Current Living Farm managed GRDC projects include:

1. Fertiliser recommendations for grain legumes in Western region with limited production area.
As adapted pulse crop species become available for growers in regions of Western Australia, associated fertiliser recommendations for the major elements (Phosphorus (P) and Potassium (K) and Sulphur (S)) are required to maximise profitability. Following a review of WA RCSN/NGN meeting minutes and a grower survey (KAL2104-001SAX), it is clear growers are unsure of fertiliser management for ‘new to them’ pulse species, a sentiment amplified by high fertiliser prices. Future mounting evidence of positive benefits from crop diversity and legumes in a cereal-based system means growers are eager to successfully integrate adapted pulse species into their farming system. Phosphorus, Potassium and Sulphur will be the focus of this research as required the most by pulse of all the elements.
2. Demonstrating Effective Management of Matricaria Species in the Low and Medium Rainfall Zones of WA

Growers and advisors in the eastern wheatbelt have consistently reported concerns about the challenges of effectively managing matricaria within mixed cropping systems. There is a clear demand for information and guidance on improving the successful management of this species.

Two species of matricaria (Oncosiphon suffruticosum and O. piluliferum) have emerged as troublesome herbaceous weeds in the low and medium rainfall regions of the eastern wheatbelt of Western Australia. These plants have a partial adaption for wind dispersal and yield a large number of small seeds, averaging 3000 to 5000 seeds per plant. As a result, matricaria has become a major weed problem in the area and has spread widely.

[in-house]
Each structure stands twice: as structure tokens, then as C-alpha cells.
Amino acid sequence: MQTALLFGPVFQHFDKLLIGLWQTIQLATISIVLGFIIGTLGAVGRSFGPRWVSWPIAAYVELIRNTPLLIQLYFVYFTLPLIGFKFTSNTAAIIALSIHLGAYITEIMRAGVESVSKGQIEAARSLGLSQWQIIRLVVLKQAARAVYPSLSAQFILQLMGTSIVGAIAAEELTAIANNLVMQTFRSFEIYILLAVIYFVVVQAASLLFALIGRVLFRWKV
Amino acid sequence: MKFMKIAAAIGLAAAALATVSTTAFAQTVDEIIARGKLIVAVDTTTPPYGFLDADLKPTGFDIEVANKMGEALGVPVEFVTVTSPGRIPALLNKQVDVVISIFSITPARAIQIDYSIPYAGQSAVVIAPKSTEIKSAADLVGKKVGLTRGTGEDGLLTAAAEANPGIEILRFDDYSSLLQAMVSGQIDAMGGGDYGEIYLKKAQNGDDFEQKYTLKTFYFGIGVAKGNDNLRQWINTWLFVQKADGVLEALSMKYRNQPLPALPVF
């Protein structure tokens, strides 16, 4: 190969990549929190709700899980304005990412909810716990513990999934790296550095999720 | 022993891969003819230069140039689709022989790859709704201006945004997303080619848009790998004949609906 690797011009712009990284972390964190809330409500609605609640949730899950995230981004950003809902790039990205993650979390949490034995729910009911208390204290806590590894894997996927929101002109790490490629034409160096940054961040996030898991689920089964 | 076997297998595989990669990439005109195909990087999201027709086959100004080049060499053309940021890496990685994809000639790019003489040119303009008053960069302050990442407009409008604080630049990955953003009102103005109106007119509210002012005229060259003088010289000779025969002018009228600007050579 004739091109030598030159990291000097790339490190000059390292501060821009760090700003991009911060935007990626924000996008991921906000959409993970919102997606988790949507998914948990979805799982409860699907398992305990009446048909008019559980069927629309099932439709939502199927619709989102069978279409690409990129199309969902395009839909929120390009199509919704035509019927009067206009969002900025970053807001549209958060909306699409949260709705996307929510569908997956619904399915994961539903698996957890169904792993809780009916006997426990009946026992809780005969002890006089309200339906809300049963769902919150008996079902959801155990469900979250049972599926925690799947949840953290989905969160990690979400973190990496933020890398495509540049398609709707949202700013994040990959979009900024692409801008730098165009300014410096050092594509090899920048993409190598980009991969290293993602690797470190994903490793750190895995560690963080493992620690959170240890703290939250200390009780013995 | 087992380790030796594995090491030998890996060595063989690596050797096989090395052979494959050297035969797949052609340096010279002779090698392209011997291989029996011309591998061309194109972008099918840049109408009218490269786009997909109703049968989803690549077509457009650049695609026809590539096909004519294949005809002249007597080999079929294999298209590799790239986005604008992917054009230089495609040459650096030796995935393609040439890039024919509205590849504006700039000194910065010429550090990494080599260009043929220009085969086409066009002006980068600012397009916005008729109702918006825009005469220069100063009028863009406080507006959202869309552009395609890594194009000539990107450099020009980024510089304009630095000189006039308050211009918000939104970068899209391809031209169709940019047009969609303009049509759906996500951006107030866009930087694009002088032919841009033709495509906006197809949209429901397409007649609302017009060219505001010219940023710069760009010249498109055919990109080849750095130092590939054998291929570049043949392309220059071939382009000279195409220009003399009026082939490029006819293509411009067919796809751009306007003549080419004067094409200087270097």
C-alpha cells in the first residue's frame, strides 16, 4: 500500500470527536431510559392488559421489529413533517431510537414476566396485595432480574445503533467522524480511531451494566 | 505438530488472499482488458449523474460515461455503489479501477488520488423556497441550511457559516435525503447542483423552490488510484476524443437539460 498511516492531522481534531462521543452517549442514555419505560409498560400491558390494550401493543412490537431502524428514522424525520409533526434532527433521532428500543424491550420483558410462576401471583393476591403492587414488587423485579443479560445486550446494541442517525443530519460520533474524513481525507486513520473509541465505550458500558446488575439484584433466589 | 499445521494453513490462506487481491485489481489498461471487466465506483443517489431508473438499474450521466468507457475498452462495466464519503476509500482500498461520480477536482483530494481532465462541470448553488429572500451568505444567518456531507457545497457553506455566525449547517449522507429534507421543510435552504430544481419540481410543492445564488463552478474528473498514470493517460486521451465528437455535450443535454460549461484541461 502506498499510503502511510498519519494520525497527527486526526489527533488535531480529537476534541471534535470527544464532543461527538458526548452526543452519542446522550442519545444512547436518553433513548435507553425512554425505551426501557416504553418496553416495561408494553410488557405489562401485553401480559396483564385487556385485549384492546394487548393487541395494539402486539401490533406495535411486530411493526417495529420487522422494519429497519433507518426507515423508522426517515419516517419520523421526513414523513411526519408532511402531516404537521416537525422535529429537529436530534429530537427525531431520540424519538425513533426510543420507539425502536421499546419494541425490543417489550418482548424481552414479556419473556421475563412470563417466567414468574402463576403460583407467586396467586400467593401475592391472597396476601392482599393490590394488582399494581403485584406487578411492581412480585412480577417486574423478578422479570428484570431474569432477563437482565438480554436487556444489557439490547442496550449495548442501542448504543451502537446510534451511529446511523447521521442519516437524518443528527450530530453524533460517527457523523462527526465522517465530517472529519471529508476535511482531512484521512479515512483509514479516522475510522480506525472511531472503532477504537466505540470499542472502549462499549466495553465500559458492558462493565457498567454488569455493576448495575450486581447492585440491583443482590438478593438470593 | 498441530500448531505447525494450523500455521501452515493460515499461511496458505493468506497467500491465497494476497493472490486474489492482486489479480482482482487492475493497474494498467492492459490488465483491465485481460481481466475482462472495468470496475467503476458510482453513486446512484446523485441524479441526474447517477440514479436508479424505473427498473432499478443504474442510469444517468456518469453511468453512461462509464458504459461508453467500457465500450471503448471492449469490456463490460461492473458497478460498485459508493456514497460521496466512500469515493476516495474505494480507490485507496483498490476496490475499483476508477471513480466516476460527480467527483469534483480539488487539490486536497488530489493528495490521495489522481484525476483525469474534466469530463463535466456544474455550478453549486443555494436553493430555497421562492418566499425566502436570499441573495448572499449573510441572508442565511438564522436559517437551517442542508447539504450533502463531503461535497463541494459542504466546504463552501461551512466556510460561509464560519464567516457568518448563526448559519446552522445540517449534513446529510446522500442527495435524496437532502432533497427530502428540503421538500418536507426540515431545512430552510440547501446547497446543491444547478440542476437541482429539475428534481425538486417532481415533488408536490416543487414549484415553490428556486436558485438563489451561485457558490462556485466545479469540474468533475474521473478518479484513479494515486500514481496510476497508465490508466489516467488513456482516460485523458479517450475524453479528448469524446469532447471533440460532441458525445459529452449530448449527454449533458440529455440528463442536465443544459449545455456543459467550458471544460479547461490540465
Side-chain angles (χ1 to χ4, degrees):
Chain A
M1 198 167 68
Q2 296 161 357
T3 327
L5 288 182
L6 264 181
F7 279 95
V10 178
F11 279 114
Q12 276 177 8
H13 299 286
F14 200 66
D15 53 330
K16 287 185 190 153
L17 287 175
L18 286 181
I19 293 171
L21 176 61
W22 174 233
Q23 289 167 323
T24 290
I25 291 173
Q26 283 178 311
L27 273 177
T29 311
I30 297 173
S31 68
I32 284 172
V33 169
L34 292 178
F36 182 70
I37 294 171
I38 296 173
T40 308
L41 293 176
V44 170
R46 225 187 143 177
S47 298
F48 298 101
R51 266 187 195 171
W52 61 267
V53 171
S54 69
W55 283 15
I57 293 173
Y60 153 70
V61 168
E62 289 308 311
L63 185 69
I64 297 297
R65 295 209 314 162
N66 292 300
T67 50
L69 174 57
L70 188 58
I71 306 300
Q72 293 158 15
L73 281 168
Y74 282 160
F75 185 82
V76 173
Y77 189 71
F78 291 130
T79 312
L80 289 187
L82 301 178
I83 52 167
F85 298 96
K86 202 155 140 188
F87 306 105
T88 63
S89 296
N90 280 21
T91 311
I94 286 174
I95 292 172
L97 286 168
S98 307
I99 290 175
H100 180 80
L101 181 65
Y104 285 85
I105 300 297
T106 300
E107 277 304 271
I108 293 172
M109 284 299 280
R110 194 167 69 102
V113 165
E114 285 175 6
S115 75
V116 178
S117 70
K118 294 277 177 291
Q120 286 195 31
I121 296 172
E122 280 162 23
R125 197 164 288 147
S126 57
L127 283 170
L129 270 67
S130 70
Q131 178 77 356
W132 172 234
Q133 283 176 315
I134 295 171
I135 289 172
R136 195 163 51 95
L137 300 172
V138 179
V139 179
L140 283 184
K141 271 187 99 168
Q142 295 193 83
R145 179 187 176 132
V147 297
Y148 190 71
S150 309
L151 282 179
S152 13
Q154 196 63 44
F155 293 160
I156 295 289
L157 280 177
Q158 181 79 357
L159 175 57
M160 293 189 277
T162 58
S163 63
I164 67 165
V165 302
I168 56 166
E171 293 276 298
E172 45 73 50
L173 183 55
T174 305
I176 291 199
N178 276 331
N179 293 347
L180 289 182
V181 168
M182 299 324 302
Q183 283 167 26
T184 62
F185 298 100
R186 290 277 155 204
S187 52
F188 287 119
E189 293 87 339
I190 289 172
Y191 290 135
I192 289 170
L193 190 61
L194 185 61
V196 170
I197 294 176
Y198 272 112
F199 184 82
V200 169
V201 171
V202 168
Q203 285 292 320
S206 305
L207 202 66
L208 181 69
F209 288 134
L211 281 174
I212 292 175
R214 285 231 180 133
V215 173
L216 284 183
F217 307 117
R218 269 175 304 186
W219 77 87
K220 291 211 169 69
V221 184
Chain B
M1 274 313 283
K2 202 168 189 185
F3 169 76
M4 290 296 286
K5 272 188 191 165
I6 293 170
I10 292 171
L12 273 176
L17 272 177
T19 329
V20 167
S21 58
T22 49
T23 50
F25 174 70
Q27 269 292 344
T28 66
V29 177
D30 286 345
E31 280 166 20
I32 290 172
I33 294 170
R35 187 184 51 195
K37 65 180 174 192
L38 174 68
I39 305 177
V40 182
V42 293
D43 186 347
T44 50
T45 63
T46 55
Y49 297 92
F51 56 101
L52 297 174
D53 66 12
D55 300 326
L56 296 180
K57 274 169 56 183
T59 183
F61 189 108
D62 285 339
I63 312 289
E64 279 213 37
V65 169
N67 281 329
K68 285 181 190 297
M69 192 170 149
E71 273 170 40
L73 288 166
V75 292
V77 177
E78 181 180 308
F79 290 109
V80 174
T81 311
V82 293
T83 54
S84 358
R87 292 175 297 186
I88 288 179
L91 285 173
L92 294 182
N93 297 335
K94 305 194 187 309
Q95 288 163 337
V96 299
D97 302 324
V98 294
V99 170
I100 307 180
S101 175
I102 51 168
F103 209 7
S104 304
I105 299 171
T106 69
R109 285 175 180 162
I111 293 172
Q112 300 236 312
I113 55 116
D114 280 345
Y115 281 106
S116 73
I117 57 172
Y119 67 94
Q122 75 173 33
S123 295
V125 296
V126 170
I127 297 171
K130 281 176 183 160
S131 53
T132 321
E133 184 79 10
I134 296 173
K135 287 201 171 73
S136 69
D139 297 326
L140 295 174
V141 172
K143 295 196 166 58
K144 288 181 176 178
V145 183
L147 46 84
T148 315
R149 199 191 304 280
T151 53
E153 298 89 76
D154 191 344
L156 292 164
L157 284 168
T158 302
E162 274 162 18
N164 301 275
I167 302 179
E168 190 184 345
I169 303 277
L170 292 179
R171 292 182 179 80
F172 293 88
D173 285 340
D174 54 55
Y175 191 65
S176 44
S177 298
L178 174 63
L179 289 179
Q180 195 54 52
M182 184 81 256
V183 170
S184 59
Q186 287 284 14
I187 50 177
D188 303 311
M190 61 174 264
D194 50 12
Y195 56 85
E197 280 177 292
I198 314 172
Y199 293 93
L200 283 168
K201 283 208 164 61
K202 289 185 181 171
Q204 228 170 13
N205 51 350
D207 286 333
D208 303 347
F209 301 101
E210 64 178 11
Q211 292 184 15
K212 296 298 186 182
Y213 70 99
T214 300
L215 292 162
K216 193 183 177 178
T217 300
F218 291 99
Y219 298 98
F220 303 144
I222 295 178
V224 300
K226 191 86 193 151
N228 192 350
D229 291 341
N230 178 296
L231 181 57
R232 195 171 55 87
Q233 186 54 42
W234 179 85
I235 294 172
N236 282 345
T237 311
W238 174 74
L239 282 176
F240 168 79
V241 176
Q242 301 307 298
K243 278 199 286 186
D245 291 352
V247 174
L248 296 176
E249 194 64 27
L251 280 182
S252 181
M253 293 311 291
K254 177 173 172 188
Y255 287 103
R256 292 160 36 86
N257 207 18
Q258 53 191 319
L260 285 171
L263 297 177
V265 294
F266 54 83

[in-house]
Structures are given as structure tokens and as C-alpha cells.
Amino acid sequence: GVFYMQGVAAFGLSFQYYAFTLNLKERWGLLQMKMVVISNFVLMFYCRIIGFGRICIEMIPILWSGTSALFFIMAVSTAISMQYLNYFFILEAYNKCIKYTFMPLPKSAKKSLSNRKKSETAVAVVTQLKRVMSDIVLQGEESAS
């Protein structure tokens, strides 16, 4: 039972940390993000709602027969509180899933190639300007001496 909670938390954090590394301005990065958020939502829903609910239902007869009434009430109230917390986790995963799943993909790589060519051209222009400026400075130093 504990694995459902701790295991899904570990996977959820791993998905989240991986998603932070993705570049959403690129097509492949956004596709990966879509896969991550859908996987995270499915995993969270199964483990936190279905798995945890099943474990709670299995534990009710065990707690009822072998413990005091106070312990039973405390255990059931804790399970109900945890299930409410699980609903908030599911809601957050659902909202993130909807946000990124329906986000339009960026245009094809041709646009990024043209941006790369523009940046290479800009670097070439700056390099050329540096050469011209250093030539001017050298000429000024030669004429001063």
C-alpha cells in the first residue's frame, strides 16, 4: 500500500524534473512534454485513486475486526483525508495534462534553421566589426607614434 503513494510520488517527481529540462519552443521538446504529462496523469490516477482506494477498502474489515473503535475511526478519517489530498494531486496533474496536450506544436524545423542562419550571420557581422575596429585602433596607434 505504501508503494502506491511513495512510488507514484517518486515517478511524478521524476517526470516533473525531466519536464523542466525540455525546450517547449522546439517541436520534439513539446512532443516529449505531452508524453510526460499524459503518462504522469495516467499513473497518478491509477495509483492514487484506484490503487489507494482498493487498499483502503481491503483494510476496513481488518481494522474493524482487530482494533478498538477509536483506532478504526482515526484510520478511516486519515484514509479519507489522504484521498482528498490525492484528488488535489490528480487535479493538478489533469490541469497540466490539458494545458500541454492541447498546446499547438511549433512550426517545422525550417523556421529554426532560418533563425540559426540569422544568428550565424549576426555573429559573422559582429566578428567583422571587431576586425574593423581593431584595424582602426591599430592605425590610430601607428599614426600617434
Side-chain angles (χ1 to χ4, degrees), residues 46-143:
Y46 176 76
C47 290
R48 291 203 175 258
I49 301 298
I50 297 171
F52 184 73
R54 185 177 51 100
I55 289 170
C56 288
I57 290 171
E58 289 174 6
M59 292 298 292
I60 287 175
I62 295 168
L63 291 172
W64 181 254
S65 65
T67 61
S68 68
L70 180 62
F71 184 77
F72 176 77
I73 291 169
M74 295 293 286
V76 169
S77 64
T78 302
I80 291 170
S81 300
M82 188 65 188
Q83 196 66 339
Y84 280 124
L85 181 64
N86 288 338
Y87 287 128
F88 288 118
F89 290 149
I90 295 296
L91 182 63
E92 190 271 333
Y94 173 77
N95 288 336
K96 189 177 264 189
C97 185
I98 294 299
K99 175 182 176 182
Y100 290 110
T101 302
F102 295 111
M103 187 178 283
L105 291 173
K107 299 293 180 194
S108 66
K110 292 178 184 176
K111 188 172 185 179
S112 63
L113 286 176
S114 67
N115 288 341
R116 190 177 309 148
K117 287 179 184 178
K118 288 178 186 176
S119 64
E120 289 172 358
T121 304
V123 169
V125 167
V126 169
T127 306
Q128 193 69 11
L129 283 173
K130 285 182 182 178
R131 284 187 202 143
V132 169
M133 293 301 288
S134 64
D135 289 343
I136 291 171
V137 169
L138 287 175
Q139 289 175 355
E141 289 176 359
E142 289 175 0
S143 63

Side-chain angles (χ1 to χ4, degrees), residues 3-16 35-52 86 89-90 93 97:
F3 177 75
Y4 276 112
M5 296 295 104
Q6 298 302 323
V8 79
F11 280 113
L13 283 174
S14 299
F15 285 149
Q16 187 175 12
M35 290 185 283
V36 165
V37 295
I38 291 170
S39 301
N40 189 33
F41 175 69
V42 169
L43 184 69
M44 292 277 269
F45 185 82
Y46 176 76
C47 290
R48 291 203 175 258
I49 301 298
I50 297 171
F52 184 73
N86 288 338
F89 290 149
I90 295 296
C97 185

Based on earlier studies, between 50 and 60 percent of matricaria seeds germinate within the first 12 months, and the remaining seeds can stay viable for a period of four years if buried between 2 and 10 cm deep. Given how long these seeds last, growers should take this into account when planning methods for controlling the weed seedbank and field population management.

The goal of this initiative is to give producers and consultants in the eastern wheatbelt region choices for managing matricaria populations in potentially difficult cropping conditions. Growers will have the chance to participate in trial research through this effort, and they will also have access to prospective management alternatives that will help them make decisions about limiting matricaria populations in the future.

3. Investigating Impact Sowing Rate on Barley Grain Quality and WUE in the Geraldton Port Zone

A three-year barley demonstration will be conducted in the Morawa district over two sites comprising representative soil types of the area using a prostrate and erect barley type.  The highest yielding variety of each type will be selection using NVT data for the port zone against a representative wheat control to assess the comparative performance, including updated economics.Each barley type will be sown at 3 rates (low, recommended, and high) with data collected to include rainfall, soil moisture, yield and quality data will be recorded to determine the optimal rate and barley type the LRZ.